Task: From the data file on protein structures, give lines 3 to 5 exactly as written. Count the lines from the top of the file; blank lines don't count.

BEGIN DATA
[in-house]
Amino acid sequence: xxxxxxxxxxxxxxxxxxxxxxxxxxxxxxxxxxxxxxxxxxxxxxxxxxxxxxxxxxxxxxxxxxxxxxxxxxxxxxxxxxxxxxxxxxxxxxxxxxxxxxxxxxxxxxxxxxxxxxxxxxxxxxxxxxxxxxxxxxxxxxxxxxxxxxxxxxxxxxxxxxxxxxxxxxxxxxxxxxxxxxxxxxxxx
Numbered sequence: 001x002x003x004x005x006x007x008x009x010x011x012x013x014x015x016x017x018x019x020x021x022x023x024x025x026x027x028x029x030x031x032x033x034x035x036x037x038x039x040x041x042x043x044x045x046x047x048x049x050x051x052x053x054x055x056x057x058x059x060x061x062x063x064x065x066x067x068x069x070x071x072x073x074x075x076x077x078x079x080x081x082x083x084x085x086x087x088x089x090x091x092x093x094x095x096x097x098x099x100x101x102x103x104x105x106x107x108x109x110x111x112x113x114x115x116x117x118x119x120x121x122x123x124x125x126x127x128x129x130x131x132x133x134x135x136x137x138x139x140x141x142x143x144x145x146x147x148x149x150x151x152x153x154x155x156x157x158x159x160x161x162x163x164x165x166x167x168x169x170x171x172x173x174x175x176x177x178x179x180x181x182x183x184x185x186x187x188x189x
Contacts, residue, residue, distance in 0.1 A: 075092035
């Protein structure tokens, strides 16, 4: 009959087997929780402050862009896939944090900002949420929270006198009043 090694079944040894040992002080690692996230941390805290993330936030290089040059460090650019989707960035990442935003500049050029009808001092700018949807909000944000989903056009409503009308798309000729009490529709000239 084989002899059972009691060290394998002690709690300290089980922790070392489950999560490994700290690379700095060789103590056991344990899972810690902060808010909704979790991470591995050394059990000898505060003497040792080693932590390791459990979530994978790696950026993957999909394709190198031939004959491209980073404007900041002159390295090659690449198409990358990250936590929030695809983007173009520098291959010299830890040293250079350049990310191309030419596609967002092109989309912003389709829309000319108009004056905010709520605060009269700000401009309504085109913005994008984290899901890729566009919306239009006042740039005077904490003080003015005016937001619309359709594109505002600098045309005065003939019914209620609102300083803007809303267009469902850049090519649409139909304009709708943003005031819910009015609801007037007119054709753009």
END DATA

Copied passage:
Numbered sequence: 001x002x003x004x005x006x007x008x009x010x011x012x013x014x015x016x017x018x019x020x021x022x023x024x025x026x027x028x029x030x031x032x033x034x035x036x037x038x039x040x041x042x043x044x045x046x047x048x049x050x051x052x053x054x055x056x057x058x059x060x061x062x063x064x065x066x067x068x069x070x071x072x073x074x075x076x077x078x079x080x081x082x083x084x085x086x087x088x089x090x091x092x093x094x095x096x097x098x099x100x101x102x103x104x105x106x107x108x109x110x111x112x113x114x115x116x117x118x119x120x121x122x123x124x125x126x127x128x129x130x131x132x133x134x135x136x137x138x139x140x141x142x143x144x145x146x147x148x149x150x151x152x153x154x155x156x157x158x159x160x161x162x163x164x165x166x167x168x169x170x171x172x173x174x175x176x177x178x179x180x181x182x183x184x185x186x187x188x189x
Contacts, residue, residue, distance in 0.1 A: 075092035
């Protein structure tokens, strides 16, 4: 009959087997929780402050862009896939944090900002949420929270006198009043 090694079944040894040992002080690692996230941390805290993330936030290089040059460090650019989707960035990442935003500049050029009808001092700018949807909000944000989903056009409503009308798309000729009490529709000239 084989002899059972009691060290394998002690709690300290089980922790070392489950999560490994700290690379700095060789103590056991344990899972810690902060808010909704979790991470591995050394059990000898505060003497040792080693932590390791459990979530994978790696950026993957999909394709190198031939004959491209980073404007900041002159390295090659690449198409990358990250936590929030695809983007173009520098291959010299830890040293250079350049990310191309030419596609967002092109989309912003389709829309000319108009004056905010709520605060009269700000401009309504085109913005994008984290899901890729566009919306239009006042740039005077904490003080003015005016937001619309359709594109505002600098045309005065003939019914209620609102300083803007809303267009469902850049090519649409139909304009709708943003005031819910009015609801007037007119054709753009």